the collected poetry of dorothy parker review.

Happy Easter all!

Dorothy Parker filled her writing with wit, which made her a legend. Her writing mesmerized me. She had a way with creating poems that convey so much emotion. Parker became a co-founder of the Algonquin Round Table and wrote pieces for Vogue, Vanity Fair, and the New Yorker. She even worked on the A Star is Born, which earned her an Academy Award. Even though Parker built up the most impressive repertoire, she struggled with depression for the majority of her life. This collection is filled with all of her works ranging from Death and Taxes to Enough Rope.

I found this poetry collection during my time in Washington D.C. My roommate and I went on an adventure around the nation’s capital one sunny afternoon in April. We stumbled upon Capital Hill Books, one of the most magical bookstores I’ve ever set foot in. Floor to ceiling books piled haphazardly. I never wanted to leave. In the very back room of the store I found shelves filled with poetry. I knew I wanted to find one to commemorate my time spent in D.C.

Tucked away on one of the shelves I found The Collected Poetry of Dorothy Parker. I felt drawn to it. I purchased the book and my roommate and I went to a nearby park. We sat under the shade of the trees and I read Parker’s poems. That day holds strong in my mind and I’m forever grateful for the memories reading has given me to happy times.

Here are three of Parker’s poems that I felt deeply connected to while reading that day in the park. I hope you find something within them as I did.


Lilacs blossom just as sweet
Now my heart is shattered.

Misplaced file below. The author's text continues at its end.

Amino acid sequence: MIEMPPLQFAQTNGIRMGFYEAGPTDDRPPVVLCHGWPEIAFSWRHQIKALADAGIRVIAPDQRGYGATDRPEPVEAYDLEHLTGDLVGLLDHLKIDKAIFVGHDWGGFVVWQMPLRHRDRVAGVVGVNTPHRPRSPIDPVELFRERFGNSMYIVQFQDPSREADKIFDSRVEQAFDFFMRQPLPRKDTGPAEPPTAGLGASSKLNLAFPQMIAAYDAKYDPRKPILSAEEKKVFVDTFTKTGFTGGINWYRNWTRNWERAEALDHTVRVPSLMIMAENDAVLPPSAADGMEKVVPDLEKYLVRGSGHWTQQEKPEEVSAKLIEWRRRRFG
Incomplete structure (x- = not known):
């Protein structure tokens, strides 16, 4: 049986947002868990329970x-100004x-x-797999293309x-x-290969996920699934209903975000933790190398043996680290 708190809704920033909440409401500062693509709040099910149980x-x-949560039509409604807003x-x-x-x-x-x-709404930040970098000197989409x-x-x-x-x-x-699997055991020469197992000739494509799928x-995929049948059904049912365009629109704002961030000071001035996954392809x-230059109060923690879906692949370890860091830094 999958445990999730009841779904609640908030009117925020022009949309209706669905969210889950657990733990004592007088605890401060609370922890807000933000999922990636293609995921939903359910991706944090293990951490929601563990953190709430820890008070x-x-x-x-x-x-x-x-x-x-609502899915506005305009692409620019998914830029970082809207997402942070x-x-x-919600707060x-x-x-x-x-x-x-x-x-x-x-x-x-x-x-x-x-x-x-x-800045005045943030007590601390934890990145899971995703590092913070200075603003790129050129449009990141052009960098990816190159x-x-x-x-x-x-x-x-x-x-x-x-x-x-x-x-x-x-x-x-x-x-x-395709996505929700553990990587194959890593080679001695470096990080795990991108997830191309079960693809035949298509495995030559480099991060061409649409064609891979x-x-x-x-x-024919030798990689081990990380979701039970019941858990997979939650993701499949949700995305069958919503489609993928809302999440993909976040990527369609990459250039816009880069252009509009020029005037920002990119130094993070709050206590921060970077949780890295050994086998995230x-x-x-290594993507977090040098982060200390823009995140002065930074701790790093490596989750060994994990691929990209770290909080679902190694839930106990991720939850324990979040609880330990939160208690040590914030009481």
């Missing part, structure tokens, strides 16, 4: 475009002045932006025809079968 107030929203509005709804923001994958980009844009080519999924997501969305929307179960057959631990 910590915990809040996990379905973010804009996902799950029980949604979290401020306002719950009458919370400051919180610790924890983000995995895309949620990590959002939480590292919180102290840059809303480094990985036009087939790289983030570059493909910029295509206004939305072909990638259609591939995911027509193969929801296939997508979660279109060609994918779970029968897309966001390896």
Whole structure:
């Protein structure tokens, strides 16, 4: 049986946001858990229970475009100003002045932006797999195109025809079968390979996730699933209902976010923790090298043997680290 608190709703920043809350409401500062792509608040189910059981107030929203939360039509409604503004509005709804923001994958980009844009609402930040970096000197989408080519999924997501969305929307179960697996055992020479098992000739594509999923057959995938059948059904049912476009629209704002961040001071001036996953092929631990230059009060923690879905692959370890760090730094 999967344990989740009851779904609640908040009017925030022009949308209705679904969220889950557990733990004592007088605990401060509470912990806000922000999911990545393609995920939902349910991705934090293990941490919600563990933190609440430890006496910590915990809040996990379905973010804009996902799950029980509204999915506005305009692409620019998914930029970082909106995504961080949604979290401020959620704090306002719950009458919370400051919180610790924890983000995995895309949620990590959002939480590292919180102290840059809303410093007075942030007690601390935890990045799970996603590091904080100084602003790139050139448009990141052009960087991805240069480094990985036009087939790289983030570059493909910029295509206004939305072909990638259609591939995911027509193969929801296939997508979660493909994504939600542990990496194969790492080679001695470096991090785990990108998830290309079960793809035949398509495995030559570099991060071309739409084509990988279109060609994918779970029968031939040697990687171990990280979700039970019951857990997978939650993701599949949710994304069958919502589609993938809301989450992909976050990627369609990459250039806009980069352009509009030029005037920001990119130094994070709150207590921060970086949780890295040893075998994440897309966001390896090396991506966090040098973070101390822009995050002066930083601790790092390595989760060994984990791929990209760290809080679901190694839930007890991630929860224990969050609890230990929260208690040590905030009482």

If I bowled it down the street,
Who’s to say it mattered?
If there’s one that rode away
What would I be missing?
Lips that taste of tears, they say,
Are the best for kissing.

Eyes that watch the morning star
Seem a little brighter;
Arms held out to darkness are
Usually whiter.
Shall I bar the strolling guest,
Bind my brow with willow,
When, they say, the empty breast
Is the softer pillow?

That a heart falls tinkling down,
Never think it ceases.
Every likely lad in town
Gathers up the pieces.
If there’s one gone whistling by
Would I let it grieve me?
Let him wonder if I lie;
Let him half believe me.

Star Light, Star Bright

Star that gives a gracious dole,
What am I to choose?
Oh, will it be a shriven soul,
Or little buckled shoes?

Shall I wish a wedding-ring,
Bright and thin and round,
Or plead you send me covering —
A newly spaded mound?

Gentle beam, shall I implore
Gold, or sailing-ships,
Or beg I hate forevermore
A pair of lying lips?

Swing you low or high away,
Burn you hot or dim;
My only wish I dare not say —
Lest you should grant me him.

Lines on Reading Too Many Poets

Roses, rooted warm in earth,
Bud in rhyme, another age;
Lilies know a ghostly birth
Strewn along a patterned page;
Golden lad and chimbley sweep
Die; and so their song shall keep.

Wind that in Arcadia starts
In and out a couplet plays;
And the drums of bitter hearts
Beat the measure of a phrase.
Sweets and woes but come to print
Quae cum ita sint.

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